In his opening statement, Handverger's attorney Joe McNeil said McQueen placed police officers in harm's way by allowing the department's radio system to deteriorate. Lynn countered that Handverger was a "miserable manager" who had "trumped up" charges and had a penchant for litigation. Lynn also noted that Handverger is accused of sexual harassment in Sutton, Mass., where he last worked.

The council will meet twice more this week in hopes of resolving the issue quickly, but I think it's going be a long, hot summer in Winooski.


Howard & Al's Pillow Talk - Did anyone catch the crucial Rules & Bylaws Committee meeting of the Democratic National Committee this weekend? A rainy Saturday left me, at times, in front of the TV watching C-SPAN for live coverage.

Former Vermont Gov. Howard Dean, chairman of the Democratic National Committee, opened the event with a party pep talk, outlining how his 50-state strategy is paying off. He noted that both Clinton and Obama are campaigning everywhere, and that Democrats won two formerly GOP House seats in Mississippi and Louisiana recently.

He also recalled a phone conversation with former vice president Al Gore, who endorsed Dean in the 2004 presidential race. The call took place in the middle of the night as Dean paced his hotel room in Wisconsin, the state where his presidential dreams ended.

"I was very, very angry at my party for some of the things that had been done to me," Dean told the crowd. "What do I owe the Democratic Party? Tell me what I owe after how I've been treated?" As Dean recalled, Gore replied: "Howard, you know, this is not about you. It's about your country." Dean paused before adding, "Nobody could have said that to me at that time - not even my wife - except for Al Gore," and noting that Gore had the presidency stolen from him by five "intellectually bankrupt" members of the U.S. Supreme Court.

Funny thing, Clinton echoed similar claims of "stolen elections" as a result of Saturday's committee vote, which seated half of Michigan and Florida's delegates. That gave Clinton a slight boost in delegates overall, but four short of what she had hoped for out of Michigan.

The next stop in this nomination death march, unless Clinton concedes, could be the usually sleepy convention credentials committee. Lo and behold, thanks to Dean, several Vermonters are on this panel - Bob Rogan, Rep. Peter Welch's chief of staff and Dean's deputy campaign manager on his presidential bid; Kathy Hoyt and Kate O'Connor, former top Dean aides (the latter ran Rich Tarrant's failed bid against Sanders for the U.S. Senate); Jane Stetson, an Obama supporter who helped the candidate raise $250,000 last year during a fundraiser at her Norwich home; and Billi Gosh, a Clinton superdelegate and the party's national committeewoman.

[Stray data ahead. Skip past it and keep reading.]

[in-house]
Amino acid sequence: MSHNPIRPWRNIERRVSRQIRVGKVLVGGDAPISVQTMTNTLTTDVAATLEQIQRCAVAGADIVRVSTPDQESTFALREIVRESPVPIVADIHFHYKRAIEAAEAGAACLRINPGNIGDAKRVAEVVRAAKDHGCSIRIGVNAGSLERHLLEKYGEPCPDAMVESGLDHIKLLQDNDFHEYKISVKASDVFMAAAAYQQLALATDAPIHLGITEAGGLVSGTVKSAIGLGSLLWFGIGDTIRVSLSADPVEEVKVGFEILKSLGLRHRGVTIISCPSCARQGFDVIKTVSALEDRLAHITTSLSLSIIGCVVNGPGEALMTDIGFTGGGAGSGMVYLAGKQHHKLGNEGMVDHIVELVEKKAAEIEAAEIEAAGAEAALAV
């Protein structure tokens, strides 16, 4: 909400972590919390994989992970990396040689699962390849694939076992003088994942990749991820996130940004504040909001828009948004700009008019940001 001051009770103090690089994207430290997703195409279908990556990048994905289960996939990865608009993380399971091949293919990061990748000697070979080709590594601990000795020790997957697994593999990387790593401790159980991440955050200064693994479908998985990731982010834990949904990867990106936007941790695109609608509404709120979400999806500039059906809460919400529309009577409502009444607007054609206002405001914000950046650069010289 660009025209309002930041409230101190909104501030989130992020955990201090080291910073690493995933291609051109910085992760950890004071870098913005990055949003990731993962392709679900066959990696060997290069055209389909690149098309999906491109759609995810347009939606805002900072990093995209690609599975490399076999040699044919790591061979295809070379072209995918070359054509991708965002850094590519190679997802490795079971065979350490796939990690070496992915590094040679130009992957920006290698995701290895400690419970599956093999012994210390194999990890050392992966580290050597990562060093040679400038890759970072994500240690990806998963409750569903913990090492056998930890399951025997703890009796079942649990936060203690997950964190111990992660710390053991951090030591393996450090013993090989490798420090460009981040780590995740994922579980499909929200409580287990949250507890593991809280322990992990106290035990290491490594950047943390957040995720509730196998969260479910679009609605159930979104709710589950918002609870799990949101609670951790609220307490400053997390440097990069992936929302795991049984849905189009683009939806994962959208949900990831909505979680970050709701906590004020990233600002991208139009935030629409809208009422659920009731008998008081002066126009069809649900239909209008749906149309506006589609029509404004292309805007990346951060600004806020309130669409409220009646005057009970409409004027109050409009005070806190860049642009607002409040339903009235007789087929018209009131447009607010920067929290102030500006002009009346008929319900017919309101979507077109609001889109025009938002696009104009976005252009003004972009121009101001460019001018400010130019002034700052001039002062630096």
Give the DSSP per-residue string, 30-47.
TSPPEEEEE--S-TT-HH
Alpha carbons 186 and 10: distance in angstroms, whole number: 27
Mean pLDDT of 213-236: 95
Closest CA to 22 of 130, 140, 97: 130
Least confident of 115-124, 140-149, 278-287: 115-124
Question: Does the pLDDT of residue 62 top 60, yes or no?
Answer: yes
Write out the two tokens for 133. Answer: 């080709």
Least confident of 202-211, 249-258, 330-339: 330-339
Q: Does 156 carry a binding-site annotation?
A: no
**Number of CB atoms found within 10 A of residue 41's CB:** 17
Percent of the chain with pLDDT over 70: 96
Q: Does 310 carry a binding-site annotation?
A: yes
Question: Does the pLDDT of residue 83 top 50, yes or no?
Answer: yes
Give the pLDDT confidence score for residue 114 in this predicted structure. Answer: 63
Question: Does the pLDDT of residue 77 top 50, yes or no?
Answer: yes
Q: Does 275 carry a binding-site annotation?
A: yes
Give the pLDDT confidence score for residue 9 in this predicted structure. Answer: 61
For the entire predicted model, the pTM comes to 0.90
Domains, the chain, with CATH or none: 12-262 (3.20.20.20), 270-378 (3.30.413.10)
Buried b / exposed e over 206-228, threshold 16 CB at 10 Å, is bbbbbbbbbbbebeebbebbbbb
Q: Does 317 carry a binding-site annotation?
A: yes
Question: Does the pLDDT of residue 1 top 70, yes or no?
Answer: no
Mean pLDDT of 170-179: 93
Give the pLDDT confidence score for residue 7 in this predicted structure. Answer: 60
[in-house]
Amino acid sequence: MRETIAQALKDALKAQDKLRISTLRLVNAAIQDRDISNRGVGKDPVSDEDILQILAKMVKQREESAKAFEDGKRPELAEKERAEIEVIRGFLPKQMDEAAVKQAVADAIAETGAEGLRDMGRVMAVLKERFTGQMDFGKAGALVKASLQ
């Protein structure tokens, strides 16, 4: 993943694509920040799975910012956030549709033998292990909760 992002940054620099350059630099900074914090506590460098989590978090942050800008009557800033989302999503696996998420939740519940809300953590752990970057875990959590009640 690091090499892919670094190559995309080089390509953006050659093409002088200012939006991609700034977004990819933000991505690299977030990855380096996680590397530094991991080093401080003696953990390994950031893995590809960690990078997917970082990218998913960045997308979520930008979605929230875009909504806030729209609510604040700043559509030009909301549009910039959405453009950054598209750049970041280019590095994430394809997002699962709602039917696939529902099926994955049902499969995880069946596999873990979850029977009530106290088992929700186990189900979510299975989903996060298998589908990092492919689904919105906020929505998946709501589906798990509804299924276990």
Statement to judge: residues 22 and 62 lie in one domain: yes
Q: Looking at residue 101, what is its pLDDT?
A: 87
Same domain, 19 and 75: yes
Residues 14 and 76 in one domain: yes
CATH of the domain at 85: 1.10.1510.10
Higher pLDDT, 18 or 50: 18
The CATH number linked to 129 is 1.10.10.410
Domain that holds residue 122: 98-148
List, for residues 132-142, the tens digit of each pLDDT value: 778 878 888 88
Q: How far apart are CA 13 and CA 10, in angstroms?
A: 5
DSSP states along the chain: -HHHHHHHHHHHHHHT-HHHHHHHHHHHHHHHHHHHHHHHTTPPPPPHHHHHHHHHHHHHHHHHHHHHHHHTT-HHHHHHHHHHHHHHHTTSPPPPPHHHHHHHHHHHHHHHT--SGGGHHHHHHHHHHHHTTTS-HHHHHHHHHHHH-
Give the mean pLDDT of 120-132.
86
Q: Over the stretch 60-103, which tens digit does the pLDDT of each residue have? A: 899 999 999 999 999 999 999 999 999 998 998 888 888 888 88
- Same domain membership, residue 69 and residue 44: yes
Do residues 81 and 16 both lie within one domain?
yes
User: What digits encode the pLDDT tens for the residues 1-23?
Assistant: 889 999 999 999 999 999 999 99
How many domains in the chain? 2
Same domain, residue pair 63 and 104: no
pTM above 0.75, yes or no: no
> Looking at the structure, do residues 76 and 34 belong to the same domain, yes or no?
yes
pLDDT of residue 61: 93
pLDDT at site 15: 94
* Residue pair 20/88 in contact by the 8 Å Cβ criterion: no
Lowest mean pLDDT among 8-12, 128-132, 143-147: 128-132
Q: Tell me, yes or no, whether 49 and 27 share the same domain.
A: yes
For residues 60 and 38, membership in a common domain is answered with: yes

Clinton has until June 29 to file an appeal, and the credentials committee is not expected to meet until early July.

"When I talked to Howard after the Iowa caucus, he said there was a 5 percent scenario in which both candidates would be close enough in delegates to make it so this committee would be in the hot seat," said Rogan. "I thought to myself at the time, 'That's ridiculous.'"

Rogan believes Clinton had the right to stay in the race, recalling Dean's tough decision to end his campaign. Rogan said Dean felt "an incredible burden of responsibility to all the new people in the process who would feel let down. He really felt that weight, and it's hard to determine when to exit the stage."


Out and About - Has anyone noticed the new conservative think tank on the block, Defenders Council of Vermont, which has taken up arms against Burlington Telecom in the debate over carrying Al Jazeera English? Some familiar faces on its board: Right-wing funder extraordinaire Lenore Broughton, Ethan Allen Institute president John McClaughry, and Jon Wilson. Of the three, only Broughton lives in Burlington and can even subscribe to BT . . . Speaking of defending the faith, a correspondent for Le Monde, Corine Lesnes, was in Vermont last week researching a story on Vermont as the wellspring for the Bush resistance. She interviewed folks from Democracy for America, the organization founded by former Gov. Dean and run by his brother Jim Dean, David Sirota (a former Sanders press secretary), yours truly and others. She sat in on Sirota's talk and caught Pollina's rally. I'll keep you posted when the story runs . . . The Sirota and Pollina events brought Peter Freyne out of blogging hibernation . . . Speaking of coming out, there were few Bush, or Douglas, backers at R.U.1.2?'s 10th annual Queer Community Dinner (unless the Vermont chapter of the Log Cabin Republicans had a table I somehow missed). Symington and her supporters had two tables, while Pollina had one. The Stranger editor and sex columnist Dan Savage, from Seattle, was the keynoter. One of the best lines: When he recounted an interview with a guy who married his horse, Savage asked the animal lover if it was "a boy horse or a girl horse." To which the man snorted, "I am not a homosexual!" Priceless.


Mea Culpas -Rep. Rachel Weston earned top spot among women seeking a delegate slot among Obama supporters, not Carolyn Dwyer. And, émile Zola uttered "J'accuse!" at French President Félix Faure in 1898 in defense of Col. Alfred Dreyfuss, in part, because he was Jewish. Merde! Oy vey!

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About The Author

Shay Totten

Shay Totten

Shay Totten wrote "Fair Game," a weekly political column, from April 2008-December 2011.